Ask any IT user how they test basic network connectivity and the majority of answers will probably mention ping. Ping sends a ICMP (Internet Control Message Protocol) packet to a target and then waits for a reply. If ping shows a reply then there is basic network connectivity, if it doesn’t get a reply then there is no network connectivity (or a firewall blocking ICMP packets).
Ping can be used on Windows, Linux and Apple devices, and lots of other network devices even my Virgin SuperHub 2 has a built in ping utility on the hubs settings page.
Fire up your command prompt (cmd) or terminal and type:
ping HOSTNAME (e.g. http://www.wordpress.com) OR IP ADDRESS (126.96.36.199)
and watch as ping receives responses and reports back (in milliseconds) how long the response took. CTRL C, will end the ping test and report back how many packets were transmitted, how many were received, the percentage (%) of packet loss and the min/max/avg time for the responses.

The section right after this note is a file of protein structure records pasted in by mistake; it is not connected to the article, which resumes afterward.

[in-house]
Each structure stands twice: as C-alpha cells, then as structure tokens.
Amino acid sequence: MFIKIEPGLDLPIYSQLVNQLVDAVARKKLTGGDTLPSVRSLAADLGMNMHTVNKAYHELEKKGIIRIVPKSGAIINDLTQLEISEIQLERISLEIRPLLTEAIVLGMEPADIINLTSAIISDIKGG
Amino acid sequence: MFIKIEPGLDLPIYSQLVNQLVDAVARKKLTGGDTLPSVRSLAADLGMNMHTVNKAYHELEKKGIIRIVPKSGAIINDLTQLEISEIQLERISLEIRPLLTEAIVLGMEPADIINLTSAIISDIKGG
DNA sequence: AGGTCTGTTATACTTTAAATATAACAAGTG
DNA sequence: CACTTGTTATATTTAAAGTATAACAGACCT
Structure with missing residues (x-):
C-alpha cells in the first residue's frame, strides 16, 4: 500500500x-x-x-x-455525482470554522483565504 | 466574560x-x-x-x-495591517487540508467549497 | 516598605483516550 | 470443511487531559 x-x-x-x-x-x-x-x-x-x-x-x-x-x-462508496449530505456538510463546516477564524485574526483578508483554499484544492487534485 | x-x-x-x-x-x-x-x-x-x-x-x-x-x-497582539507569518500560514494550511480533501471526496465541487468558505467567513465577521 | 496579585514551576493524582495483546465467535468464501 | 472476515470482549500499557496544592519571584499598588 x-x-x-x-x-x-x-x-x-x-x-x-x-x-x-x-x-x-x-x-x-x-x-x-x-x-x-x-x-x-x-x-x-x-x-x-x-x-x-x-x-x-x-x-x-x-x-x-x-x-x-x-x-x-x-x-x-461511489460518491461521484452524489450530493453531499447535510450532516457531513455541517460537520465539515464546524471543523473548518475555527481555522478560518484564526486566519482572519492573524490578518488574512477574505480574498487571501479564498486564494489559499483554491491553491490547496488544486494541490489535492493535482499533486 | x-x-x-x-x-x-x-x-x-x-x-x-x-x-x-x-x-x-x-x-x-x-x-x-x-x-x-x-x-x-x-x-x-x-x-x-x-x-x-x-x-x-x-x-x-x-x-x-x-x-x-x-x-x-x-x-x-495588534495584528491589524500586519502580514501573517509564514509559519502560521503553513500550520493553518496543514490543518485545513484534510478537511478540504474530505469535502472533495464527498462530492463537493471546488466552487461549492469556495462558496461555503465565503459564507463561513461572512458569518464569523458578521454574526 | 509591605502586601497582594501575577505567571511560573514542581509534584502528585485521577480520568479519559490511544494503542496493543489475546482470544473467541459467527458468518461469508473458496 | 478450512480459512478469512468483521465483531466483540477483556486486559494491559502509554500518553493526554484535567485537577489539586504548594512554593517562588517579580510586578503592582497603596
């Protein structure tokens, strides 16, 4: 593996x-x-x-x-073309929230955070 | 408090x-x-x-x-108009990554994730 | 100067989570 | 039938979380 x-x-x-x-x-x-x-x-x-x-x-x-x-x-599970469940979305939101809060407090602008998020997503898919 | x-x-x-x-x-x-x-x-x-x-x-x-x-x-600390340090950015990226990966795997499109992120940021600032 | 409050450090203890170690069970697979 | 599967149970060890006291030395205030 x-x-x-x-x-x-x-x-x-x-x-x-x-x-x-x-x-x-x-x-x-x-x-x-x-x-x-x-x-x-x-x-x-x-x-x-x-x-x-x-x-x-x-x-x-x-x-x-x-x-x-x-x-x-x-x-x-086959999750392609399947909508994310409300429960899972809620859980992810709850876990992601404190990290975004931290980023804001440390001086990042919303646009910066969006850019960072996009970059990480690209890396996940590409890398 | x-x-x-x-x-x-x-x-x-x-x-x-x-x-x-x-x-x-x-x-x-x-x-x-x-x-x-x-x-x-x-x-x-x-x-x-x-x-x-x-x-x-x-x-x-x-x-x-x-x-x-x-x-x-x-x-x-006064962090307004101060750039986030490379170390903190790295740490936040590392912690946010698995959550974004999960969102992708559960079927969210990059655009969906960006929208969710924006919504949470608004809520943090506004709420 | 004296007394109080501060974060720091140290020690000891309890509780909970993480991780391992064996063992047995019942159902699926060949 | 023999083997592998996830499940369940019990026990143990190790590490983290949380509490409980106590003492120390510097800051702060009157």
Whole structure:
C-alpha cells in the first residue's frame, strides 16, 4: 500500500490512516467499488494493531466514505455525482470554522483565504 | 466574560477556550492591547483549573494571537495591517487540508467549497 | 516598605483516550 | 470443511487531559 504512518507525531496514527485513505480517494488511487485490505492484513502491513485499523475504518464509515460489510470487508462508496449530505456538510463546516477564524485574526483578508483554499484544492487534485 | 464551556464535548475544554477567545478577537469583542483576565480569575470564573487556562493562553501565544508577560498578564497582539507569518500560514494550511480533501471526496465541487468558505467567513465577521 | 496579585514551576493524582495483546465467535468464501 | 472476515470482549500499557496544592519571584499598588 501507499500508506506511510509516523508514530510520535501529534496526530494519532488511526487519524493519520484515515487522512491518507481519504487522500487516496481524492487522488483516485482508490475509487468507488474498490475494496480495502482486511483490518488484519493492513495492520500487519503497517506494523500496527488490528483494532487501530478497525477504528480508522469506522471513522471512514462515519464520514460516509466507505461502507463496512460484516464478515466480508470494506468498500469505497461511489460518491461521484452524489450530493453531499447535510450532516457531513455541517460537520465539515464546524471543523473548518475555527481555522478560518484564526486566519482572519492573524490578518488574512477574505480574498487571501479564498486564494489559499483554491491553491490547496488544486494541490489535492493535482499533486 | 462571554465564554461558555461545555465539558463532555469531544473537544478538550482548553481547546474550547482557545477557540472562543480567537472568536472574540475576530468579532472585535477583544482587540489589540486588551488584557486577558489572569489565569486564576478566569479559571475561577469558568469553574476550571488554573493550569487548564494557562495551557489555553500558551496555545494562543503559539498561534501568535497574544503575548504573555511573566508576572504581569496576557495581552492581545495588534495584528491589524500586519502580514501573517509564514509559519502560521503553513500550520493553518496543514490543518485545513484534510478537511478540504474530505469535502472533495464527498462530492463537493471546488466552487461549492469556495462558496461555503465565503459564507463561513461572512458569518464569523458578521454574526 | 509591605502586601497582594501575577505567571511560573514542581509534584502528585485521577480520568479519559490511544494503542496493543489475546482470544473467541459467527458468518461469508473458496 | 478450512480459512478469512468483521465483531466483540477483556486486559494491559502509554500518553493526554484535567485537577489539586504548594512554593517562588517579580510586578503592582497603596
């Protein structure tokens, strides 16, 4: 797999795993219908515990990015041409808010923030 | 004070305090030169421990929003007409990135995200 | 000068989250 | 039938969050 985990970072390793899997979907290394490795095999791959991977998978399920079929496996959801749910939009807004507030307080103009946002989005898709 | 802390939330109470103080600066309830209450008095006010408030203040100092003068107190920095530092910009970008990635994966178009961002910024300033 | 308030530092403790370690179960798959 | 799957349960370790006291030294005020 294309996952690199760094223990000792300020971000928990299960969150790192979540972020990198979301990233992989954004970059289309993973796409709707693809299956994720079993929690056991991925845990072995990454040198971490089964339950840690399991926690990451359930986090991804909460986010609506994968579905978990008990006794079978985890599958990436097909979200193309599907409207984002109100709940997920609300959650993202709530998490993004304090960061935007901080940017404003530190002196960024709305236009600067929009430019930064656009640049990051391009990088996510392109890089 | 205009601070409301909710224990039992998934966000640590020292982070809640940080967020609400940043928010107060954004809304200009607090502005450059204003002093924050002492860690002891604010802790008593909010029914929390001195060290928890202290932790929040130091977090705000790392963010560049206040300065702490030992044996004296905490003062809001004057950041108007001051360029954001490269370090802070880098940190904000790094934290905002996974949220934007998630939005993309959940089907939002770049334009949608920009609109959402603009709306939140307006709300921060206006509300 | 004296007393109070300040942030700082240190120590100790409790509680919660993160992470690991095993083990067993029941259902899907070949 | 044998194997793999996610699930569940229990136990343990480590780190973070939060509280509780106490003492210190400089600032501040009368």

When it comes to PowerShell the ping command works just as well as it does in cmd.exe, but did you know there is also the Test-Connection command?
Fire up PowerShell and type:
Test-Connection HOSTNAME (e.g. http://www.wordpress.com) OR IP ADDRESS (188.8.131.52)
PowerShell being PowerShell means the fun doesn’t stop there. PowerShell lets you ping multiple computers at the same time.
Test-Connection -ComputerName “WordPress.com” “google.com”
But what about changing packet size and amount of packets sent? In a Windows command prompt adding a few switches like -l (PACKET SIZE e.g 512) and -t increases the packet size and sends more packets than normal. In PowerShell it’s the same, but -Count controls the number of packets to send, -Buffersize controls the packet size and -TTL controls the time-to-live count.
Test-Connection HOSTNAME -Count 10 -TTL 128 -Buffersize 512
The above would send 10 ICMP packets of 512 bytes with a time-to-live of 10 hops.